If you paid attention to my blogging last spring 2013 I only did Christian movie reviews. It was a lull in the blogging time for me and mostly poetry was what was keeping things going for me. I don’t think apologies work anymore for blogs. Writers of blogs always telling us what they wish they were writing or not writing. This is long overdue, but I am doing in anyway because I do have more afterthoughts of what this film means to the world, then perhaps any other movie that was seen on my spring vacation.
Cast: Russell Crowe, Jennifer Connelly, Ray Winstone, Emma Watson, Logan Lerman, Douglas Booth and Anthony Hopkins
Writers: Darren Aronofsky and Ari Handel
Director: Darren Aronofsky
Plot: Noah is the story in the book of Genesis showing the dark condition of humanity and God’s desire to destroy humankind because of the darkness that is in man’s heart. ‘Violence continually’ is how the bible describes it. Noah is seen by God as a righteous and blameless man that walks with God. Noah, his wife, and Noah’s sons; Shem, Ham and Japheth. God gives Noah 120 years to build an ark and the forewarning that He will flood the earth. It had never rained before in that time. In the end, only Noah’s family survives the flood as well as two of every kind of animal. God’s promise in the end of the story is shown by a rainbow showcasing God’s mercy and His intent to never again destroy humanity with a flood.
What’s more important than anything..in a film like this..
It is no surprise for any movie lover that more and more faith based films are starting to become mainstream. God’s Not Dead and Noah both released march 2014, as well as Left Behind(a remake starring Nic Cage) that got bumped to October instead. The Jesus film Son of God was also released and coming in the fall is the epic and much anticipated Exodus film by Ridley Scott and starring Batman himself as Bruce Wayne(Christian Bale).
Hollywood and all its influence always gives a skewed view of the faith. But at the same time they also can actually do a better job at it then most Christian films. Here’s why.
Usually they have money and more money to supply a better script and better actors and better visual effects. They also usually have a very non-traditional way of looking at things. Usually pulling writers who have mastered how to write a script more then masters of theology.
Noah had a lot of things that were not in the original story. And most of the critics had a massive problem with this. A lot of emotion and energy was released towards this movie from Christian people. Most of the concern was with the “accuracy” factor. Critics have listed off more the wrongs and the errors more then the bigger picture.
The foolish things.
God does not care about accuracy. I don’t think He cares as much about it then we would say He does. Are people coming to Christ because a pastor in a pulpit preaches the bible with 100 percent accuracy? Do people respond to what we would call “the whole truth?” I don’t think so. I think most of us believers are off a lot. And some people put their offsetting into books and claim that their view is the right one. More knowledge doesn’t always equal more humility.
Noah shatters this idea of perfect. And, yes, the inaccuracies so to say are not pleasant. The opening scene retelling the story of Genesis one starts with..’In the beginning was NOTHING!’ Caps lock just to make the point. That is not okay. The wicked guy that sneaks onto the Ark and gets killed by one of Noah’s sons’ all in a “you have reached your manhood” kind of way just adds to the chaos that got them on the ark in the first place.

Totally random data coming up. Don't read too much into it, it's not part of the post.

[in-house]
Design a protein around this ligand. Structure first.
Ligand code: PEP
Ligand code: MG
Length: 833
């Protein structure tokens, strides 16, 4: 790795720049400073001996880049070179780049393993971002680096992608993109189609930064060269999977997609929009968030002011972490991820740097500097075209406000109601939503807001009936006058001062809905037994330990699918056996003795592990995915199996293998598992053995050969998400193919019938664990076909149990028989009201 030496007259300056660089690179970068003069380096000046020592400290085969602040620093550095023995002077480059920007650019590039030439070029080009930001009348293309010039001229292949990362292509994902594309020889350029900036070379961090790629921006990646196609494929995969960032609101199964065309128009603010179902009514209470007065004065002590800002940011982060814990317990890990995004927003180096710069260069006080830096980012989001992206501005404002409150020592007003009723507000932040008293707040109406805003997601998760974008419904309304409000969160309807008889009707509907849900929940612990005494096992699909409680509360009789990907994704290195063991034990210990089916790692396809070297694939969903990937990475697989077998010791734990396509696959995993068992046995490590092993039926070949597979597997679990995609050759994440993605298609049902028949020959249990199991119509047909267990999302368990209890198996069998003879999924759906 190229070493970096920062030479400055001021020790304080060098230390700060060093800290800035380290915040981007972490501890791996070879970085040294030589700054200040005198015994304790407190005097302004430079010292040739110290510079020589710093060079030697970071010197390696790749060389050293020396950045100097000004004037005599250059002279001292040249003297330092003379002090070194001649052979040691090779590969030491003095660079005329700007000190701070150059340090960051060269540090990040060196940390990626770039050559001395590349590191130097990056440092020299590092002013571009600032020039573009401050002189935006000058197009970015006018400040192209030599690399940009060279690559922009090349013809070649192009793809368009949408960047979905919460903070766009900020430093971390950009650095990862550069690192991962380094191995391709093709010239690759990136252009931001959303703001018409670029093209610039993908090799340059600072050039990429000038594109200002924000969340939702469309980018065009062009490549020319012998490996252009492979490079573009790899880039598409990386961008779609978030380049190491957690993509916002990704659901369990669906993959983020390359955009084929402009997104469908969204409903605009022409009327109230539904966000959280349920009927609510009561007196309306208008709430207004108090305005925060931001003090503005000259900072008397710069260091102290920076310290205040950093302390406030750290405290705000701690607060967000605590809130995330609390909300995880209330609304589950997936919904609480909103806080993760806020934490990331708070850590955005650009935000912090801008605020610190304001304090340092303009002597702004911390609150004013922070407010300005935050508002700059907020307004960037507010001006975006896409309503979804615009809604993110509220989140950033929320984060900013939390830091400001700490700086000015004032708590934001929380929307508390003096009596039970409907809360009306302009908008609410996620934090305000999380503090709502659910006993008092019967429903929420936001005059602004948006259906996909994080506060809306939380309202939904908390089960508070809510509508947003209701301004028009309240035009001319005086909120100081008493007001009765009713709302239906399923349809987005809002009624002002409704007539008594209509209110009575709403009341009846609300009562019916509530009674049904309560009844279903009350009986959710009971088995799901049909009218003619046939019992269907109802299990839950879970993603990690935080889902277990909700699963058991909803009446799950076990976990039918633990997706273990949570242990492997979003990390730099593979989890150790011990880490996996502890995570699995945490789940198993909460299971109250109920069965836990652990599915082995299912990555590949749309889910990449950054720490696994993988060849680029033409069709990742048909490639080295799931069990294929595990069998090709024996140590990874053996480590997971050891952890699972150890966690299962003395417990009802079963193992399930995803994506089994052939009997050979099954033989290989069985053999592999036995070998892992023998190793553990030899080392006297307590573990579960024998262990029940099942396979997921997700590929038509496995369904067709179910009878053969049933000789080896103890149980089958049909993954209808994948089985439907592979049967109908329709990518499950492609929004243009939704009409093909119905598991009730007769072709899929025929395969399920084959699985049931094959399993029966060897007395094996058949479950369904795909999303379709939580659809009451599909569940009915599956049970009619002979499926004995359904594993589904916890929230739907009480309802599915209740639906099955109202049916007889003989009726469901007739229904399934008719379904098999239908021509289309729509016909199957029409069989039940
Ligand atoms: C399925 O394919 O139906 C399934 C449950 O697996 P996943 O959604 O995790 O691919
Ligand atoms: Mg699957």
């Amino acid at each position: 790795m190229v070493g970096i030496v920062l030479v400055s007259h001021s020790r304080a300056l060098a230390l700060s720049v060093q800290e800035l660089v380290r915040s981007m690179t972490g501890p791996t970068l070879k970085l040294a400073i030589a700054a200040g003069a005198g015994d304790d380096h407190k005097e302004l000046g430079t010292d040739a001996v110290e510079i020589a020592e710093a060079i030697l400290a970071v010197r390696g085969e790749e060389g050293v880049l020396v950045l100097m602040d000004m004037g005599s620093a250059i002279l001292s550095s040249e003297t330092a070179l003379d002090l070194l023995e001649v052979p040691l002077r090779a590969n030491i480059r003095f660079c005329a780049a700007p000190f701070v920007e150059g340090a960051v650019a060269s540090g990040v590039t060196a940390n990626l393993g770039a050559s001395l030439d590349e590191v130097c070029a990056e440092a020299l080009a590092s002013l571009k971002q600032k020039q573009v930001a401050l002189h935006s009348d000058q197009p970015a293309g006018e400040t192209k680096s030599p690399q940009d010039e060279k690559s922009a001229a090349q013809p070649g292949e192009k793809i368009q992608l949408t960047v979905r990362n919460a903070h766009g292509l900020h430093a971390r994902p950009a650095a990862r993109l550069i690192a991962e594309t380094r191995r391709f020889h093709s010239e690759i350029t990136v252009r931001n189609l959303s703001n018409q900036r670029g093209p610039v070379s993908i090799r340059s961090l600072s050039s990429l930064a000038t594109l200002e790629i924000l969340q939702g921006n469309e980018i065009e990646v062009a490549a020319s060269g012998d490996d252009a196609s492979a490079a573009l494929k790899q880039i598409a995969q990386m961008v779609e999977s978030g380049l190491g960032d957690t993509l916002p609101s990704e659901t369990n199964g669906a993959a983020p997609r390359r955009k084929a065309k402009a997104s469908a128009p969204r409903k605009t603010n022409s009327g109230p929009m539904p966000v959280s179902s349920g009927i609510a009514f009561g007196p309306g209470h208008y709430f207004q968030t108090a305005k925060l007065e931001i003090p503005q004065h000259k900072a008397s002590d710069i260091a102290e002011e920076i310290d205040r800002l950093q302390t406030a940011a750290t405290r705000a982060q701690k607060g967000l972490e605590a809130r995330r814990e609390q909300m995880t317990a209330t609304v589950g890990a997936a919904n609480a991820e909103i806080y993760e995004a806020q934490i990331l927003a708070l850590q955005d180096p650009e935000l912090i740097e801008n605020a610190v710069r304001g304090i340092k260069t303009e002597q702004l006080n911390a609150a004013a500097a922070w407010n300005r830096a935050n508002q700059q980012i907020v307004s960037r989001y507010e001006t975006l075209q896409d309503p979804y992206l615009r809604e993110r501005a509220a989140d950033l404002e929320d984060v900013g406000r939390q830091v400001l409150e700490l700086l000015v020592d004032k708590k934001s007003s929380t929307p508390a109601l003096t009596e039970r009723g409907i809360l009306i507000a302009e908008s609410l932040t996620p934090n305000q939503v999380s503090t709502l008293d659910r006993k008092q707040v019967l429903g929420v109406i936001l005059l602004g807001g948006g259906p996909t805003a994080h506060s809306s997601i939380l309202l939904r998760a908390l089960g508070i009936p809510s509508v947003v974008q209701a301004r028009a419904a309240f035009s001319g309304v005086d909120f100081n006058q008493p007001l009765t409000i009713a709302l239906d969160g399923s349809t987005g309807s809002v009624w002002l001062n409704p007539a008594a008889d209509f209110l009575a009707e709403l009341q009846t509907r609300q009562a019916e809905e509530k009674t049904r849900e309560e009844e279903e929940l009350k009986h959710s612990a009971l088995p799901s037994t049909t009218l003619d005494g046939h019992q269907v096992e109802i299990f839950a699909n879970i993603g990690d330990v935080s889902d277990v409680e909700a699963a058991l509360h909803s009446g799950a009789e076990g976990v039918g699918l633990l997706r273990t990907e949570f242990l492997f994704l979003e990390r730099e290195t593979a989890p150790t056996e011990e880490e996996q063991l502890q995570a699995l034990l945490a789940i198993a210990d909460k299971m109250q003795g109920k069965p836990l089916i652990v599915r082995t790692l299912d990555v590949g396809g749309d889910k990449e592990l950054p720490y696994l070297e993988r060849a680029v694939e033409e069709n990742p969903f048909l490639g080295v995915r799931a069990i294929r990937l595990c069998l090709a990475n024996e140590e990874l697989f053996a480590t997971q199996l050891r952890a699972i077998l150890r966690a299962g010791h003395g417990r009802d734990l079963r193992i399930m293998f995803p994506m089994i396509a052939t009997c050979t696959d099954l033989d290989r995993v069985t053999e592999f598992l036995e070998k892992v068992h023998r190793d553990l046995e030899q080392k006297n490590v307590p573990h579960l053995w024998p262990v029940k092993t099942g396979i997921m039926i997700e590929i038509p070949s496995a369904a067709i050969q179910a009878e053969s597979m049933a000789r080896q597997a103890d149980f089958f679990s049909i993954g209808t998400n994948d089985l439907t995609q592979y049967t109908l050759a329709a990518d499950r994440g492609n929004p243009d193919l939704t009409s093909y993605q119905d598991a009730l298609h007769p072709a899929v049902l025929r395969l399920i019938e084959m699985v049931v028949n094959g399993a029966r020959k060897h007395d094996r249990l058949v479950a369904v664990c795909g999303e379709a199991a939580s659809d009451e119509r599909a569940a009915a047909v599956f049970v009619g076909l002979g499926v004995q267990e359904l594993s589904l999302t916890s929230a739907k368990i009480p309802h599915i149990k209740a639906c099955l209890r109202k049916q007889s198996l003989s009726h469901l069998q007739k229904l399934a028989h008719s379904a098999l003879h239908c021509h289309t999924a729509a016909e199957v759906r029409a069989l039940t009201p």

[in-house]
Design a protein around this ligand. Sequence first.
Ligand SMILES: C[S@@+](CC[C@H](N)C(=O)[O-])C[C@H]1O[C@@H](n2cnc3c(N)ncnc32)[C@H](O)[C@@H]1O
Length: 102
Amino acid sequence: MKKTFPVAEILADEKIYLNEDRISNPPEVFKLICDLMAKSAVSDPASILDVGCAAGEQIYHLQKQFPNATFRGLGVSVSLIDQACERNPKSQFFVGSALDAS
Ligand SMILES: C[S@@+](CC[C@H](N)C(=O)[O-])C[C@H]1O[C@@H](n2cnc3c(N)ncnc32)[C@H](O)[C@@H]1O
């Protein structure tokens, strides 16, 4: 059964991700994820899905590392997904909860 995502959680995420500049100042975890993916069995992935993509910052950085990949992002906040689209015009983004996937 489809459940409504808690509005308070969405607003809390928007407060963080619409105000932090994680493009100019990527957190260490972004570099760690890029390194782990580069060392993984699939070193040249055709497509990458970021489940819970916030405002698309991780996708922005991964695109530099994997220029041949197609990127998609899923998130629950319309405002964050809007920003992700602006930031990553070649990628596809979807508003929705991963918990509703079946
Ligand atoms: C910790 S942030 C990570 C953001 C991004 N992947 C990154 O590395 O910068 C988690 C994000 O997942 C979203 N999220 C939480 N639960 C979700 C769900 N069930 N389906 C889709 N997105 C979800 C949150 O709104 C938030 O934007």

The errors that we would say the film has kind of stacks up against the pluses that the movie makes. I think, overall, we need to chill on trying to present the facts in a right way. Yes, God does care about accuracy but He moves and acts, ‘In, to and through’ all of our attempts to tell a story. Because He doesn’t have perfect people running things. He has messed up, selfish, wicked people who think they have a grasp on what God is like. He uses these people to get as many human beings as possible as close to the light as possible. Therefore, Noah gets people thinking. It gets the discussion rolling.
Lastly, I would say, however, that the end of the film leaves you with this idea that man is pretty good and man will survive. Like most films that feature us broken humans that is the same sentiment that has attached itself to pretty much every film that it out there. Hunger Games, The Impossible, Cast Away, 2012, Day After Tomorrow, Independence Day..and the list goes on. Humans rule. Humans are the best. Humans can make it. Humans, given the right amount of plasticity around uniting together skills humans can do anything.
Noah ends with that sting. It ends with you feeling like you are not as depraved as the bible would say you are and God is not really as merciful as the Noah narrative really actually is. The fact that only 8 people survive shows us more of God’s goodness when no one was to be spared. We need both the goodness and the severity of the Lord. But still, it gets people thinking and I think it opens up a door for us to talk it out with everyday people. Don’t look for accuracy just look for anything that will lead people back to God. It really is that simple.
Key lines and moments:
“Strength comes from the creator.” Noah says, “I didn’t want to see anyone ruined by this world.”
Noah says, “I’m asking you to be a man and do what needs to be done.”
“The creator destroys the world because we have wickedness.”:
Noah says, ” We have been entrusted with something greater than our own desires.”
And lastly, “The choice was put in your hand if we were worth saving he chose mercy, Emma says to Noah, (He) chose mercy help us do better help us start again!”